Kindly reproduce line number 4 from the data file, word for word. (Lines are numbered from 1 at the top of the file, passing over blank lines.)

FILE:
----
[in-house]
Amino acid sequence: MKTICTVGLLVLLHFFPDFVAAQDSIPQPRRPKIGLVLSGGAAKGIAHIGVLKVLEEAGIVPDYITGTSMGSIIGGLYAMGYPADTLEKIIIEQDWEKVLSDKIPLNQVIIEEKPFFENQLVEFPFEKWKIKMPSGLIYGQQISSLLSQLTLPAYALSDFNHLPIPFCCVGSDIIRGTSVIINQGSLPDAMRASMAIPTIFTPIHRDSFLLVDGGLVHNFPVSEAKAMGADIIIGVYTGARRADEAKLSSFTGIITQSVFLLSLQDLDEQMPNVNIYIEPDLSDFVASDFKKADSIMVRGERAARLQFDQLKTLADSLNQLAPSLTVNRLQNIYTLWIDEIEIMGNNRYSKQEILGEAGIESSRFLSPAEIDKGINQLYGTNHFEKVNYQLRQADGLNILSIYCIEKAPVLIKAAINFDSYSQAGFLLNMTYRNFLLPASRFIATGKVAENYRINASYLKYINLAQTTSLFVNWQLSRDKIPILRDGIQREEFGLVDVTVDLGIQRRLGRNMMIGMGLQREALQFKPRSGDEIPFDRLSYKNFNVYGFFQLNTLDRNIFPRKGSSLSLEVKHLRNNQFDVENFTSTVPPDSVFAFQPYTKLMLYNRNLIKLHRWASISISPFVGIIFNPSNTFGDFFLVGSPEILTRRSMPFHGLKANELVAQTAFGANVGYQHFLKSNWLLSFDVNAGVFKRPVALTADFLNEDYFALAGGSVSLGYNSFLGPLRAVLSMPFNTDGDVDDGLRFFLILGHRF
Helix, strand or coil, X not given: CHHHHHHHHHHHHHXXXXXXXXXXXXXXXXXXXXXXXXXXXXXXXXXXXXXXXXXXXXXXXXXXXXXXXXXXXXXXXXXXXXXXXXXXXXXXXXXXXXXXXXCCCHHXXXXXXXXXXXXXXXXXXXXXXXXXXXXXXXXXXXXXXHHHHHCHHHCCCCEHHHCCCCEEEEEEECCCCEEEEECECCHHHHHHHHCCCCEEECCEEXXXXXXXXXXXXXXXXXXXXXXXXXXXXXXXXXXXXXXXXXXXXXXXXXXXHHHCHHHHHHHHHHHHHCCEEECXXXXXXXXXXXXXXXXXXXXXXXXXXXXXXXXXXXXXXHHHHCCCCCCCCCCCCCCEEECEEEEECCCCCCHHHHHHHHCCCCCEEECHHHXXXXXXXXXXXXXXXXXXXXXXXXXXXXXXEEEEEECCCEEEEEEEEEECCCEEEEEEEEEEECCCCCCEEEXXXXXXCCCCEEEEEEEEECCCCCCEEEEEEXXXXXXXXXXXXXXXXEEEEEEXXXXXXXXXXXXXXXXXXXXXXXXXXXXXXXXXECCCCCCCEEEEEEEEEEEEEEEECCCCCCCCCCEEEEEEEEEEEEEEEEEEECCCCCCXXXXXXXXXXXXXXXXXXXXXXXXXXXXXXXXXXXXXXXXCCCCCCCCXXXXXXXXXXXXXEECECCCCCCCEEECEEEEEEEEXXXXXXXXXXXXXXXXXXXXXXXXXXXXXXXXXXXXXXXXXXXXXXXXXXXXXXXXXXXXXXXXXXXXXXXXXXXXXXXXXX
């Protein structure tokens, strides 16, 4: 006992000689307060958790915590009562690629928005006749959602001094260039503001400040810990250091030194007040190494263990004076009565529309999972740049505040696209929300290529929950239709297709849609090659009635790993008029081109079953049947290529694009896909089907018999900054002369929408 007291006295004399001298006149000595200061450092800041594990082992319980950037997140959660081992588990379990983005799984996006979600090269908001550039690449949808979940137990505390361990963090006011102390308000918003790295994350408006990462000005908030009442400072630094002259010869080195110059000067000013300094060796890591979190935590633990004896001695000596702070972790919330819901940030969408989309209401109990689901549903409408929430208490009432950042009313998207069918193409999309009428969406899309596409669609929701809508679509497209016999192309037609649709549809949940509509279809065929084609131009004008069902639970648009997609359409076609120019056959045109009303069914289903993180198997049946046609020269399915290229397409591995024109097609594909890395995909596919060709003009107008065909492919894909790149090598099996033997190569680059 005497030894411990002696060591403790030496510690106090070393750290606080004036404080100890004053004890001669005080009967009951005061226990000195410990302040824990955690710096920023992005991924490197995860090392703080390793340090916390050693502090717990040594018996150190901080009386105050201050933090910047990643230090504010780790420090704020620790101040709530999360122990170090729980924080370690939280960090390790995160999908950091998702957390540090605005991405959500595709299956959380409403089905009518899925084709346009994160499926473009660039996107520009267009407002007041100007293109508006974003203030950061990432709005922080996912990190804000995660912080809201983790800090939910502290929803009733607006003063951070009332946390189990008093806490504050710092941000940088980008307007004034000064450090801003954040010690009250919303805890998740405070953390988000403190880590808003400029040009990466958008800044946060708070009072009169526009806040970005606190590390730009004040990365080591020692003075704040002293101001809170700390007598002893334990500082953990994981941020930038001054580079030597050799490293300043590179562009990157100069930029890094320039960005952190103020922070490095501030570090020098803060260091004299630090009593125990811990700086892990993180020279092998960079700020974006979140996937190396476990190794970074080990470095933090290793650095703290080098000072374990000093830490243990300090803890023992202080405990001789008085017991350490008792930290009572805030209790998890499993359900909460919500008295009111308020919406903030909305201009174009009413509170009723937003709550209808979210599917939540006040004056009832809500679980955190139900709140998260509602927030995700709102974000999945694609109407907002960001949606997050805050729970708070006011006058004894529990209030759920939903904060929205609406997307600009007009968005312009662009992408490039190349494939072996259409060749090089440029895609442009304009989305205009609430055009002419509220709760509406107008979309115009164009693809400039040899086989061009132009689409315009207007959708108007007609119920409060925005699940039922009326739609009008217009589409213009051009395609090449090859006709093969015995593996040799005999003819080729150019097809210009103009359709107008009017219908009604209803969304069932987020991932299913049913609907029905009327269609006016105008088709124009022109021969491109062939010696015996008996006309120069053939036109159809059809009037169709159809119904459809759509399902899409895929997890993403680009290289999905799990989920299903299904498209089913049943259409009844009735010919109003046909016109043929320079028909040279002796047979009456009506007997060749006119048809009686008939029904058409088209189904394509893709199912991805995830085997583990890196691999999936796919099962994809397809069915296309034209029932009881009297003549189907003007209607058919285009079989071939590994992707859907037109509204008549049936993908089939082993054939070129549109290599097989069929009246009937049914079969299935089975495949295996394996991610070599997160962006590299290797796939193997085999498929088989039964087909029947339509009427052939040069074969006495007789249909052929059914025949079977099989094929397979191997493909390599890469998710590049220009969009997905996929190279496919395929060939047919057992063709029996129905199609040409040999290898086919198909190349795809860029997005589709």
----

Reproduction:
């Protein structure tokens, strides 16, 4: 006992000689307060958790915590009562690629928005006749959602001094260039503001400040810990250091030194007040190494263990004076009565529309999972740049505040696209929300290529929950239709297709849609090659009635790993008029081109079953049947290529694009896909089907018999900054002369929408 007291006295004399001298006149000595200061450092800041594990082992319980950037997140959660081992588990379990983005799984996006979600090269908001550039690449949808979940137990505390361990963090006011102390308000918003790295994350408006990462000005908030009442400072630094002259010869080195110059000067000013300094060796890591979190935590633990004896001695000596702070972790919330819901940030969408989309209401109990689901549903409408929430208490009432950042009313998207069918193409999309009428969406899309596409669609929701809508679509497209016999192309037609649709549809949940509509279809065929084609131009004008069902639970648009997609359409076609120019056959045109009303069914289903993180198997049946046609020269399915290229397409591995024109097609594909890395995909596919060709003009107008065909492919894909790149090598099996033997190569680059 005497030894411990002696060591403790030496510690106090070393750290606080004036404080100890004053004890001669005080009967009951005061226990000195410990302040824990955690710096920023992005991924490197995860090392703080390793340090916390050693502090717990040594018996150190901080009386105050201050933090910047990643230090504010780790420090704020620790101040709530999360122990170090729980924080370690939280960090390790995160999908950091998702957390540090605005991405959500595709299956959380409403089905009518899925084709346009994160499926473009660039996107520009267009407002007041100007293109508006974003203030950061990432709005922080996912990190804000995660912080809201983790800090939910502290929803009733607006003063951070009332946390189990008093806490504050710092941000940088980008307007004034000064450090801003954040010690009250919303805890998740405070953390988000403190880590808003400029040009990466958008800044946060708070009072009169526009806040970005606190590390730009004040990365080591020692003075704040002293101001809170700390007598002893334990500082953990994981941020930038001054580079030597050799490293300043590179562009990157100069930029890094320039960005952190103020922070490095501030570090020098803060260091004299630090009593125990811990700086892990993180020279092998960079700020974006979140996937190396476990190794970074080990470095933090290793650095703290080098000072374990000093830490243990300090803890023992202080405990001789008085017991350490008792930290009572805030209790998890499993359900909460919500008295009111308020919406903030909305201009174009009413509170009723937003709550209808979210599917939540006040004056009832809500679980955190139900709140998260509602927030995700709102974000999945694609109407907002960001949606997050805050729970708070006011006058004894529990209030759920939903904060929205609406997307600009007009968005312009662009992408490039190349494939072996259409060749090089440029895609442009304009989305205009609430055009002419509220709760509406107008979309115009164009693809400039040899086989061009132009689409315009207007959708108007007609119920409060925005699940039922009326739609009008217009589409213009051009395609090449090859006709093969015995593996040799005999003819080729150019097809210009103009359709107008009017219908009604209803969304069932987020991932299913049913609907029905009327269609006016105008088709124009022109021969491109062939010696015996008996006309120069053939036109159809059809009037169709159809119904459809759509399902899409895929997890993403680009290289999905799990989920299903299904498209089913049943259409009844009735010919109003046909016109043929320079028909040279002796047979009456009506007997060749006119048809009686008939029904058409088209189904394509893709199912991805995830085997583990890196691999999936796919099962994809397809069915296309034209029932009881009297003549189907003007209607058919285009079989071939590994992707859907037109509204008549049936993908089939082993054939070129549109290599097989069929009246009937049914079969299935089975495949295996394996991610070599997160962006590299290797796939193997085999498929088989039964087909029947339509009427052939040069074969006495007789249909052929059914025949079977099989094929397979191997493909390599890469998710590049220009969009997905996929190279496919395929060939047919057992063709029996129905199609040409040999290898086919198909190349795809860029997005589709």